Los Angeles Archbishop José Gomez issued the following statement today on the Supreme Court decision to review Texas v. the United States of America:
I am pleased that the U.S. Supreme Court has decided to take up the case of Texas v. United States of America.
I cannot speak to the constitutional questions in this case. I speak as a pastor. And as a pastor, I know that the situation is unjust and intolerable for millions of people who are forced to live in the shadows of our great country. Every day in our parishes and schools and neighborhoods, we see the rising human toll of our failure to enact comprehensive immigration reform, especially on families and children.
Nationwide, more than two million undocumented persons have been deported in the last eight years alone, including thousands who are mothers or fathers forced to leave behind their spouses and children. Millions more are living in constant fear that they too might be rounded up for deportation, that one day without warning they won’t be coming home for dinner and may never see their families again.
The executive actions at issue in this case are temporary and they are no substitute for the comprehensive immigration reform our country needs. But these actions would be a measure of mercy, providing peace of mind to nearly nine million people, including 4.5 million children.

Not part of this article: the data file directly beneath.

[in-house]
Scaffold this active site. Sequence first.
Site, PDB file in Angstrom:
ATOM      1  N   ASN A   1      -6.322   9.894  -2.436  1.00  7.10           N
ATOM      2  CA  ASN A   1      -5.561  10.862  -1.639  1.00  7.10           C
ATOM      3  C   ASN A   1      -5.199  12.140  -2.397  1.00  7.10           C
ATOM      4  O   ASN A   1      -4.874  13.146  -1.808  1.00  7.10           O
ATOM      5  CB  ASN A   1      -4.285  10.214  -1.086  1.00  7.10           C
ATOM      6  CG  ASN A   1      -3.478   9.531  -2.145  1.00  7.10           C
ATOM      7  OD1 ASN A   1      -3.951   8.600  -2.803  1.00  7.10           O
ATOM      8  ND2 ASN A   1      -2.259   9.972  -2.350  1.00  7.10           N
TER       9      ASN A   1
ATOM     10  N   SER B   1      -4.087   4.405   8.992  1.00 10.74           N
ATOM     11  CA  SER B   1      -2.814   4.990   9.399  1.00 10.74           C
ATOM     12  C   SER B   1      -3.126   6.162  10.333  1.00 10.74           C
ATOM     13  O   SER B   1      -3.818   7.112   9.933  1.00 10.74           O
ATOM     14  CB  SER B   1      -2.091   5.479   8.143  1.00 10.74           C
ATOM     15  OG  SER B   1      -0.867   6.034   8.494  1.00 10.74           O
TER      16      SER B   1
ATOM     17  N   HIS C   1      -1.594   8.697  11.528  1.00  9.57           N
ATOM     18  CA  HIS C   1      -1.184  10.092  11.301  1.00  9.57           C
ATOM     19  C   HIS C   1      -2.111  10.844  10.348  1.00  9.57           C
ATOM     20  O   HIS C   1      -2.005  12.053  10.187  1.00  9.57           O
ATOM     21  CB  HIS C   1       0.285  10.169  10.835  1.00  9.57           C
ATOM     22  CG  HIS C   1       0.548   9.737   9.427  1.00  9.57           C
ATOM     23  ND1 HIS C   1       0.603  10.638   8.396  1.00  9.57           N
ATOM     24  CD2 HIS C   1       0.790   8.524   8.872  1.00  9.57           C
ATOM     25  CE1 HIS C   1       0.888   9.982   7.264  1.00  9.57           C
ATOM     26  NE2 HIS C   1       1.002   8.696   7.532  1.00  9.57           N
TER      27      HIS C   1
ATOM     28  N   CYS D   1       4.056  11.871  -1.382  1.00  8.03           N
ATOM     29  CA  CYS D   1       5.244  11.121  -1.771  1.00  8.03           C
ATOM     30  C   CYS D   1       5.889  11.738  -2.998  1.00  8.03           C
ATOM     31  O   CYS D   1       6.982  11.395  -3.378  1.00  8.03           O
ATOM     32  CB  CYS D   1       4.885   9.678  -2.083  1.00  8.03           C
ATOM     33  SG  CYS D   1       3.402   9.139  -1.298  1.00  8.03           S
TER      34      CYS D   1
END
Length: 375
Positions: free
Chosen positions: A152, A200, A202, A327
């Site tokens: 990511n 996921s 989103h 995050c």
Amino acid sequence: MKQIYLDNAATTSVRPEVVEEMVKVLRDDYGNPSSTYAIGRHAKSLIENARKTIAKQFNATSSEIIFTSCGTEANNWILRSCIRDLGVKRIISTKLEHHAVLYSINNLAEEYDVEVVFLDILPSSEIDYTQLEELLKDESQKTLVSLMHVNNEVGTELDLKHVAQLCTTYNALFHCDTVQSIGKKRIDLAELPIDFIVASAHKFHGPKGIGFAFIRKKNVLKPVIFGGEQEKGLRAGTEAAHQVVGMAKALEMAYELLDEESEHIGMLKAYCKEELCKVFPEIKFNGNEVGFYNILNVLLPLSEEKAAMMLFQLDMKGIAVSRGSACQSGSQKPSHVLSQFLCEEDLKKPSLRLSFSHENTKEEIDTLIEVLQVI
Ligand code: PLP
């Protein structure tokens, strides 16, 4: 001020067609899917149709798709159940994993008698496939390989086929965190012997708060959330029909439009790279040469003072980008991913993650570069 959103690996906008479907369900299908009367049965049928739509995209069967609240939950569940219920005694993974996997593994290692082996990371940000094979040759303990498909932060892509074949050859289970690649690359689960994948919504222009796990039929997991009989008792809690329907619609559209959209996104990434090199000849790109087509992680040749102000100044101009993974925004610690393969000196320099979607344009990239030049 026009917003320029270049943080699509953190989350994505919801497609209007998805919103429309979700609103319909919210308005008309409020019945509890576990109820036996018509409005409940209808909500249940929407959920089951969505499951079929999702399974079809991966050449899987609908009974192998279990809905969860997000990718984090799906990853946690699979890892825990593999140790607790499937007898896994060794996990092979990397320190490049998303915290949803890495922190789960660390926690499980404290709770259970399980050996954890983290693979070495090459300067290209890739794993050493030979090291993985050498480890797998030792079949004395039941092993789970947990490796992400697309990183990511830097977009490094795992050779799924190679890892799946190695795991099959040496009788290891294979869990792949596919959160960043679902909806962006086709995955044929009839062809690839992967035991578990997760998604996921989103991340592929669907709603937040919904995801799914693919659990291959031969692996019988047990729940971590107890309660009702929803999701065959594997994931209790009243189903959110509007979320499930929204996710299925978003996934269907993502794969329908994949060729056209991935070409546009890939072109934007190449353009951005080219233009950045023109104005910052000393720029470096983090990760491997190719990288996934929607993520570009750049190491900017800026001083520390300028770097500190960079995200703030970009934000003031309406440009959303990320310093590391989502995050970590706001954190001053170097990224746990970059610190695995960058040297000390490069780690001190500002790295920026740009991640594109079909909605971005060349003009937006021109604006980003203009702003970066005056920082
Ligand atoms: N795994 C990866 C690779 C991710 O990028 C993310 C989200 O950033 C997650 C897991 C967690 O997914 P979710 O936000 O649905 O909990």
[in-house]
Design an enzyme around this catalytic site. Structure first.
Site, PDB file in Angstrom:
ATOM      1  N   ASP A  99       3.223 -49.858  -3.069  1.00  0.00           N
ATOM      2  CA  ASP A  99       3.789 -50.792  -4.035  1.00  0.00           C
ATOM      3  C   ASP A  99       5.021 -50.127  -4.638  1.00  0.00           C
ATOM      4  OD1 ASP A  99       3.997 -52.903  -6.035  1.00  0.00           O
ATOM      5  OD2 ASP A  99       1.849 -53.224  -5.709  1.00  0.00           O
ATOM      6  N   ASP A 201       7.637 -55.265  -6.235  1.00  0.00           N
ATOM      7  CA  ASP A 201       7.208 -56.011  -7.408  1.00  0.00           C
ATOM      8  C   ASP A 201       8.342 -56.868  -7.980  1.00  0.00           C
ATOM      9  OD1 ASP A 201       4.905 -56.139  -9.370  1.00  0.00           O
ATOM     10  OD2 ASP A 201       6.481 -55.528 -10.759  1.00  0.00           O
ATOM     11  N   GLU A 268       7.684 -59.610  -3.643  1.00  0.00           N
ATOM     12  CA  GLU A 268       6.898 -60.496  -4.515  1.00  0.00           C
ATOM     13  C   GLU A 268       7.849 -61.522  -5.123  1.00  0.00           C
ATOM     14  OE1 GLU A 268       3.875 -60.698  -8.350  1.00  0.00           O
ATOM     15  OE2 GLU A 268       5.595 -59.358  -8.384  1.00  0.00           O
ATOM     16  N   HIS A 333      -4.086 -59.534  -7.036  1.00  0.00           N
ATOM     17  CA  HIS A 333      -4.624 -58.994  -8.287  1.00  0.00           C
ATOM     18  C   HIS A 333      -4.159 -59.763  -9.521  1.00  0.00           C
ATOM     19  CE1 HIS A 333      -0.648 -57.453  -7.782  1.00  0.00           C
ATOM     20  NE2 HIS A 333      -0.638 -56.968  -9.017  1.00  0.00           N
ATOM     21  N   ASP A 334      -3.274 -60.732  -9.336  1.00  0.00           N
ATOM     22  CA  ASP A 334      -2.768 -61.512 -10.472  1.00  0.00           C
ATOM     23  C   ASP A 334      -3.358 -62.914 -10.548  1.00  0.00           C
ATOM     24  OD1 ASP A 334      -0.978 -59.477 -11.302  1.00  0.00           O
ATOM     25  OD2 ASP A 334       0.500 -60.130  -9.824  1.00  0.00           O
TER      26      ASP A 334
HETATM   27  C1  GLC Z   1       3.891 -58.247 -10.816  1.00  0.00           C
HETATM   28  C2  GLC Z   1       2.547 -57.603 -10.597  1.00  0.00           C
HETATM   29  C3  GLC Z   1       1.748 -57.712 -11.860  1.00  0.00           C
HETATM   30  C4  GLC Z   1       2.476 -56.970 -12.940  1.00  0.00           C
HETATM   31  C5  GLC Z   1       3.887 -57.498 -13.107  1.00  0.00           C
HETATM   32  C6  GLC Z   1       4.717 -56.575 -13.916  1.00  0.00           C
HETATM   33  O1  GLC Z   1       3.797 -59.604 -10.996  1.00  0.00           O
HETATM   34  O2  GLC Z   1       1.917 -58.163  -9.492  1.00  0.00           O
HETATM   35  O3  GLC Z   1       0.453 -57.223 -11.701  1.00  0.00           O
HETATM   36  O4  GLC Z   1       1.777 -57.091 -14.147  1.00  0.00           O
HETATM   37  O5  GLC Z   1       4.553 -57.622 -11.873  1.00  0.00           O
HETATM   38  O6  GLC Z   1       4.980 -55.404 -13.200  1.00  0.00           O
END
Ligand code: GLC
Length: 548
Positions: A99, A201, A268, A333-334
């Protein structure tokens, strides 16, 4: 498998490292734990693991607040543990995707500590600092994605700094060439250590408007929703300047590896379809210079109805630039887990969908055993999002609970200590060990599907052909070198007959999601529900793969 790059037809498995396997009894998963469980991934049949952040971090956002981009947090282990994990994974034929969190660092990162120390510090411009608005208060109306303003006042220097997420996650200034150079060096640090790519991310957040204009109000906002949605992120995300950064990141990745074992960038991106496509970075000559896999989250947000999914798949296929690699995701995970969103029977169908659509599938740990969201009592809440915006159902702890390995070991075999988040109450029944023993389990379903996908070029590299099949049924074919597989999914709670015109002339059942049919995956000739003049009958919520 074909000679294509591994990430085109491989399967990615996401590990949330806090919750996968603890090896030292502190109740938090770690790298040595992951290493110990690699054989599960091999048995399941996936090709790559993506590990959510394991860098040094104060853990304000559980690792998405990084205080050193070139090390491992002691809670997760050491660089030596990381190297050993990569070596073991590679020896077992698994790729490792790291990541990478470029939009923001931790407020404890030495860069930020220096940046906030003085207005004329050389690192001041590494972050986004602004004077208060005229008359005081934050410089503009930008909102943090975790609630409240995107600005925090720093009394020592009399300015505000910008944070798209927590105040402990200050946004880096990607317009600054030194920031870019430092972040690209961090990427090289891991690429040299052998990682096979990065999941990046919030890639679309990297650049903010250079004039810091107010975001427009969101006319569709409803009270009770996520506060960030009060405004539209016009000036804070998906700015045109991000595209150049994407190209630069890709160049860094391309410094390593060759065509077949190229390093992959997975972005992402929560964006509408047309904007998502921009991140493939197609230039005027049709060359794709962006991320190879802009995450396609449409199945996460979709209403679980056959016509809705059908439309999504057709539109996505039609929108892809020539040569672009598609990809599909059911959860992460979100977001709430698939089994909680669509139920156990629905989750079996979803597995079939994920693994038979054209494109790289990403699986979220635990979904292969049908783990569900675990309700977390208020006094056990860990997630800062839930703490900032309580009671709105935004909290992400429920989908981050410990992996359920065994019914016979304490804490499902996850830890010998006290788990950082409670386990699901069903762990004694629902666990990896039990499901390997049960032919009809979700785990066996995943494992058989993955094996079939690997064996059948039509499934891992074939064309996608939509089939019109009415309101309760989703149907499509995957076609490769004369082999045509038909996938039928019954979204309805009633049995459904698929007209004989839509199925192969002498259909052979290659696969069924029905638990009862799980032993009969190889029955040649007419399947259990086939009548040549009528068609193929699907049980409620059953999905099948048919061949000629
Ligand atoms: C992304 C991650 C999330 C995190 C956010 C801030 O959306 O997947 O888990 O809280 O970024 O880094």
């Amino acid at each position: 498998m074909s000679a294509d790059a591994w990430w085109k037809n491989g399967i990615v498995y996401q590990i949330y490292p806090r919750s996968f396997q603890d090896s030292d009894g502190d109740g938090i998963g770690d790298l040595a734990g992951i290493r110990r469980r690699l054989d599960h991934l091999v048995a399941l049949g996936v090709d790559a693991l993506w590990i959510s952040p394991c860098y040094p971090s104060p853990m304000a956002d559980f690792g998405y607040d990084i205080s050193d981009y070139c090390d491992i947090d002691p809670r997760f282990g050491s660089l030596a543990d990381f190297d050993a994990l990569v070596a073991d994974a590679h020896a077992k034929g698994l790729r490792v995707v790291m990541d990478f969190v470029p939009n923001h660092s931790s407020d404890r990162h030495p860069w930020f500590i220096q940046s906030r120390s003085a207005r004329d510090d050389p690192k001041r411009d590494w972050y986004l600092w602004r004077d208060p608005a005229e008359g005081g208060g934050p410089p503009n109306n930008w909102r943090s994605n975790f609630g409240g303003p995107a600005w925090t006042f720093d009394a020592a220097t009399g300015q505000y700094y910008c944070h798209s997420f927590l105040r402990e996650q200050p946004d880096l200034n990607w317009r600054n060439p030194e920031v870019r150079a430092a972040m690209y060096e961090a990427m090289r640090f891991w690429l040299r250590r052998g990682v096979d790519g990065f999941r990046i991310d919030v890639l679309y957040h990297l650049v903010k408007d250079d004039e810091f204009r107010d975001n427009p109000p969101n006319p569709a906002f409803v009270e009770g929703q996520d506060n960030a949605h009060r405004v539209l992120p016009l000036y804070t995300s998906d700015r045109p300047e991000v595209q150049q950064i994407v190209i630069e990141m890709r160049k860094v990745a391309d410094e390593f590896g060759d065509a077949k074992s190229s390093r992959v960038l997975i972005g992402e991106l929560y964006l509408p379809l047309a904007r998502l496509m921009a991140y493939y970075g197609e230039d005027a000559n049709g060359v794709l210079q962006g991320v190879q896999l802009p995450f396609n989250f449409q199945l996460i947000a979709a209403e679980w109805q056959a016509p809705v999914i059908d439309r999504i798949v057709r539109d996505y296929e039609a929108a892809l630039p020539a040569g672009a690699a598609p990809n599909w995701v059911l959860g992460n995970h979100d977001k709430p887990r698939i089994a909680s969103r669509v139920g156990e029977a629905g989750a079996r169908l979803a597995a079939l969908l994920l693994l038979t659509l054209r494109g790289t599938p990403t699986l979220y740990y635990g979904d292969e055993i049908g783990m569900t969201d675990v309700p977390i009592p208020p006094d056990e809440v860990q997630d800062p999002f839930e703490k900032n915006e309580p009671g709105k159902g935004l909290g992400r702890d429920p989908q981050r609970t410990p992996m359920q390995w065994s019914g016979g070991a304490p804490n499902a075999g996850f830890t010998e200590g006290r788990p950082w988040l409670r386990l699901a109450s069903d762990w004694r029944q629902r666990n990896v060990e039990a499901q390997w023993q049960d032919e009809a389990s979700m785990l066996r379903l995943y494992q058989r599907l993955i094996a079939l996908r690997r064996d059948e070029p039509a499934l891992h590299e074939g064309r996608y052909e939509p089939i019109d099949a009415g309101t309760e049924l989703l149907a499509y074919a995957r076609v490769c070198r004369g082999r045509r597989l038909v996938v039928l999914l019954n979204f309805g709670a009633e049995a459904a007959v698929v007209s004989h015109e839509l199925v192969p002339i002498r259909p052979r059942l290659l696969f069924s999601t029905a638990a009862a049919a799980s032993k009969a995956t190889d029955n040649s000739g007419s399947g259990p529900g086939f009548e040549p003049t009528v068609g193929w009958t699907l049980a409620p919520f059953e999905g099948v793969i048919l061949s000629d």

People do not cease to be our brothers and sisters because they have an irregular immigration status. No matter how they got here, no matter how frustrated we are with our government, we cannot lose sight of their humanity — without losing our own.
Until lawmakers in Washington can find the humility and courage to set aside differences and seek a common solution, the Supreme Court may be our last best hope to restore humanity to our immigration policy.
Texas v. the United States of America is a lawsuit filed by the Texas Attorney General on behalf of 26 states challenging President Obama’s right to expand immigration programs to allow millions of undocumented individuals to remain in the United States and apply for a temporary work permit. In February 2015, Judge Andrew S. Hanen of the U.S. District Court for the Southern District of Texas, Brownsville Division issued an injunction against President Obama's executive action, delaying their implementation throughout the country; in May that decision was affirmed by the U.S. Court of Appeals for the Fifth Circuit.